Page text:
Eremit – Bearer of Many Names Review

Two years ago, German then-duo Eremit trudged onto the scene with a 68-minute, three-song mammoth, Carrier of Weight, an album that contained a foreboding atmosphere, a production that could crush an elephant like it was an empty aluminum can, and about six or seven total riffs between all three gargantuan-length songs. It was a bit much for me, but even then, I could sense the potential for these sludge-bearers to smother the masses and climb to the top of the heap where witches with bells sit upon oaken (Lewandowski-painted) thrones, surveying the wastelands forevermore. If there was something that the shitstorm that was 2020 and parts of 2021 taught me, it’s that patience is most certainly a welcome virtue, and time can soften an old fuddy-duddy like yours truly. As such, the now-trio-again have seen fit to unleash their newest beast, Bearer of Many Names, with a sleeker,1 heavier disposition.

And after listening to this for about two weeks, I still don’t know how to convey what I feel besides to tell you, dear reader, to re-read my review of their debut. All the positives and negatives I levied for and against their last album hold just as true, and as stark, here. There are some improvements, namely in drummer Marco Baecker’s performances throughout. His flourishes and ability to mix things up during album closer and highlight “Unmapped Territories of Clans Without Names” helps keep (albeit barely) things interesting. Given that at over 18-and-a-half minutes this is still the album’s shortest song should begin to outline the problems I have with Bearer of Many Names. His performances are among the scant few highlights.

About those riffs, though… just like on Carrier, Moritz Fabian and Pascal Sommer really, really like the riffs they constructed. To be fair, they are damn good riffs when used sparingly and with variation. These are not used sparingly, as the same riffs are played well past their expiration dates. There’s also very little to no variation, save for some of the melodies in “Unmapped Territories…” and them moving up what sounds like an entire fret on the almost-thirty-minute opener “Enshrined in Indissoluble Chains and Enlightened Darkness” for minutes at a time before finally switching off much, much later to a different riff to milk drier than an exhumed camel. Every song has just two or maybe three riffs, and usually it’s slowed down more and more on each pass through, like the last seven or so minutes on “Secret Powers Entrenched in an Ancient Artefact,” and each time I’m mercifully begging for it to end. If the songs were anywhere in the ballpark of four or five minutes each, that would be fine. The shortest song on here is well past eighteen minutes in length, and while I don’t mind a long journey, this is absolutely patience-testing, especially when so little is given to you in terms of melody or variance.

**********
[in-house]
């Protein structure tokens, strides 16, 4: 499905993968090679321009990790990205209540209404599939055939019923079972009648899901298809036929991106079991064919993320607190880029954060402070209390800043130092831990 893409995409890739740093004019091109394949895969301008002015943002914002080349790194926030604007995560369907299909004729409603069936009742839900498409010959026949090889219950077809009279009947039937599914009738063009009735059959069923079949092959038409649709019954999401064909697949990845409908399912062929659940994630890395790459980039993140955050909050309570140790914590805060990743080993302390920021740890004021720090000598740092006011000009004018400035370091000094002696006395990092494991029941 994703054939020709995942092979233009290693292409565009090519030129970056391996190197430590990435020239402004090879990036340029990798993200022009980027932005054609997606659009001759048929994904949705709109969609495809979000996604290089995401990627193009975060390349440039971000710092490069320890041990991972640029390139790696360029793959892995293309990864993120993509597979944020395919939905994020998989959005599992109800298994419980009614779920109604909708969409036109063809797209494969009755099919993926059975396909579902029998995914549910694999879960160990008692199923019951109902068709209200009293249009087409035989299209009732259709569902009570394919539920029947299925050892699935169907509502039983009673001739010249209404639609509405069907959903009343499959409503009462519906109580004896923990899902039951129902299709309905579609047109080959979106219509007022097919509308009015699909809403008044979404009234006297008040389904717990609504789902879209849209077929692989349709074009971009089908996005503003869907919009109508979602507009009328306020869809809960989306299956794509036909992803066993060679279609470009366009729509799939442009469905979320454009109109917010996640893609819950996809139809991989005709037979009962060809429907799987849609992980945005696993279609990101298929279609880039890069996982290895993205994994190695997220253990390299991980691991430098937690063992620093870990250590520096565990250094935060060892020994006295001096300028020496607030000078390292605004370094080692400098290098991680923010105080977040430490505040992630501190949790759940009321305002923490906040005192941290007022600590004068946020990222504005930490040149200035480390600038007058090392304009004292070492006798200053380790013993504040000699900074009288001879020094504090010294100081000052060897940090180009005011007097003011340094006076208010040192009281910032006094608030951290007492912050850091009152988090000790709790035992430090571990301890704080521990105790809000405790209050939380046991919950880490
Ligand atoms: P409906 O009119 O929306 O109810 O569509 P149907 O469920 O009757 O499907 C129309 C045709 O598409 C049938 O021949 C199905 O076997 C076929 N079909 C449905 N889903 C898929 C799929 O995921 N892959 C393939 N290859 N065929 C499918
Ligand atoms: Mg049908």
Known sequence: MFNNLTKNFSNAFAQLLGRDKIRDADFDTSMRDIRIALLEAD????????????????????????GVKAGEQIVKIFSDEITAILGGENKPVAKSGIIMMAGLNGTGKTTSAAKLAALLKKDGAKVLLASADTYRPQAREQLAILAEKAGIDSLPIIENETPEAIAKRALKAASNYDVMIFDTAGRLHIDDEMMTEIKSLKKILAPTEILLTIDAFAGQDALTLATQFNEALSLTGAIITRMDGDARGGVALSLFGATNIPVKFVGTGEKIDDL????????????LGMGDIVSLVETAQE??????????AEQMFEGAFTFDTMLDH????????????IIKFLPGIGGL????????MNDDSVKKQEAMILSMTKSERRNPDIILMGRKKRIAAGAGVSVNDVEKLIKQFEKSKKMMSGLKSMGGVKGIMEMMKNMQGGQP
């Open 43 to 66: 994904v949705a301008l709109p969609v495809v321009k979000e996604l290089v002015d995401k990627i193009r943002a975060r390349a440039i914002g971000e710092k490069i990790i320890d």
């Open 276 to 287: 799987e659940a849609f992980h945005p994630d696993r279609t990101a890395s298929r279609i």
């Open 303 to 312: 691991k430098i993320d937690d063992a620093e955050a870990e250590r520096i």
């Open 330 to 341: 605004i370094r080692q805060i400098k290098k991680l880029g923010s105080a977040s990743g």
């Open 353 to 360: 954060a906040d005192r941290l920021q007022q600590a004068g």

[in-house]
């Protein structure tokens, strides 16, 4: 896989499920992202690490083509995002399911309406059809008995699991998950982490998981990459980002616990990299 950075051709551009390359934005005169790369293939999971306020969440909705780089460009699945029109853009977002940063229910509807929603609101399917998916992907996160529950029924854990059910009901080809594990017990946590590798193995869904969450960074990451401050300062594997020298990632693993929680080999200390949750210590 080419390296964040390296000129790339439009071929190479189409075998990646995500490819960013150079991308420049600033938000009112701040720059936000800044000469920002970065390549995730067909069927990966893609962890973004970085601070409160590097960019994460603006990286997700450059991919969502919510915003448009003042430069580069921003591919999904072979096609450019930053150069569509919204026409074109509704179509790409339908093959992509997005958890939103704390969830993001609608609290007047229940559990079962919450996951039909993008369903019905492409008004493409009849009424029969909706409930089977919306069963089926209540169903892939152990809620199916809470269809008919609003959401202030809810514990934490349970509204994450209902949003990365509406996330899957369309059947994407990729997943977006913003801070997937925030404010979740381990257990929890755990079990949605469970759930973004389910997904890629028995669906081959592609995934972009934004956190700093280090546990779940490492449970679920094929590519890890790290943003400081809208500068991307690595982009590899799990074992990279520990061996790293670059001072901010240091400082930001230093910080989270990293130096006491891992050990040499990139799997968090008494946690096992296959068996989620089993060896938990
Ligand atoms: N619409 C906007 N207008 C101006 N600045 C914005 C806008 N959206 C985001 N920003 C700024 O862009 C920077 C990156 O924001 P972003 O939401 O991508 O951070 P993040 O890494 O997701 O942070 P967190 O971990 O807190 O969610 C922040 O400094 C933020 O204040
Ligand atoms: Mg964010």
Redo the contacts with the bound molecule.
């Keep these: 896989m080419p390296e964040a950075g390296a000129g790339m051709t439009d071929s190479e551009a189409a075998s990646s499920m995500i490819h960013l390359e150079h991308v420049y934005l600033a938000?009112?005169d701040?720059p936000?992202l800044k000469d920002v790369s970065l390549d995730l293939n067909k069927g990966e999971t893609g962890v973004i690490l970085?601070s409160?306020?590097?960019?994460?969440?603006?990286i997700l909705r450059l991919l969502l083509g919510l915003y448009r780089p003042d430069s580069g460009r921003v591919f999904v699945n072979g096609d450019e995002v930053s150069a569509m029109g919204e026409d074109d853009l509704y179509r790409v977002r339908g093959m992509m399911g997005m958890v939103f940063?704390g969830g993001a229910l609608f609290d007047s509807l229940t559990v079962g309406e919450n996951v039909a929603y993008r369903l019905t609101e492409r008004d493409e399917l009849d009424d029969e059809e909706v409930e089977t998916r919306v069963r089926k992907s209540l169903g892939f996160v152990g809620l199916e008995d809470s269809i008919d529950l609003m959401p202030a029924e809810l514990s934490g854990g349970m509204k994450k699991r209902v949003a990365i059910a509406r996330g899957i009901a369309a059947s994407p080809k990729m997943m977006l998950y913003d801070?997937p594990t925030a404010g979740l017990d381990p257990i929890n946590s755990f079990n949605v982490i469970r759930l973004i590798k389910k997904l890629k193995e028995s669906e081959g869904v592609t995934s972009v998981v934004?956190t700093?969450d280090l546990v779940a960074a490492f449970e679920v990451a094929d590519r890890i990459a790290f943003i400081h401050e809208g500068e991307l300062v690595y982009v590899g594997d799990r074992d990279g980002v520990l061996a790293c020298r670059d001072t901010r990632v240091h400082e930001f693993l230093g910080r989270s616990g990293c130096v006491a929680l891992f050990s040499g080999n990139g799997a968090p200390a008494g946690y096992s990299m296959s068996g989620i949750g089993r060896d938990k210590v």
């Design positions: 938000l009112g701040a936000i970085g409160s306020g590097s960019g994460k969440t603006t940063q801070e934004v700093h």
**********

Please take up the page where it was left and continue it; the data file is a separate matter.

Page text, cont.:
It doesn’t help that the production is a bit worse here. When “Enshrined…” opens up in a similar fashion that “Dry Land” did on the first album, I (wrongly) believed that a wider dynamic palette was utilized, allowing for the drums to breathe a bit more, and the guitars to open up some space a bit. However, “Enshrined…”‘s tranquil veneer dropped into a blast-beat-peppered section that would best be described as unflinchingly painful and detrimental to everyone’s instruments, especially Baecker’s drumkit. There’s heft, and then there’s suffocating the life out of every instrument recorded. In fact, Moritz Fabian’s voice, which reminds me of a younger Rainer Landfermann (ex-Bethlehem) at times, was the only thing left unscathed by this production. But between that and the sheer amount of fat found here, it makes Bearer a hard sell.

Which is a shame, as “Unmapped Territories…,” with a few minutes shaved off,2 could have been a monster in terms of songwriting heft that properly showcases what Eremit is striving for, and is the only thing keeping this from scoring lower. Otherwise, it’s repeating the same flaws and lack of editing that drove me batty on Carrier of Weight, only this time with a worse mix. That said, there are people who just want to be beaten senseless by the same two riffs over and over, and they will definitely get that here. Everyone else should look elsewhere.


Rating: 2.0/5.0
DR: 5 | Format Reviewed: 320 kbps mp3
Label: Transcending Obscurity Records
Websites: eremitdoom.bandcamp.com | facebook.com/EremitDoom
Release Dates: EU: 2021.06.11 | NA: 06.25.2021

Show 2 footnotes

  1. It’s a whole two minutes shorter.
  2. Like, five or six.
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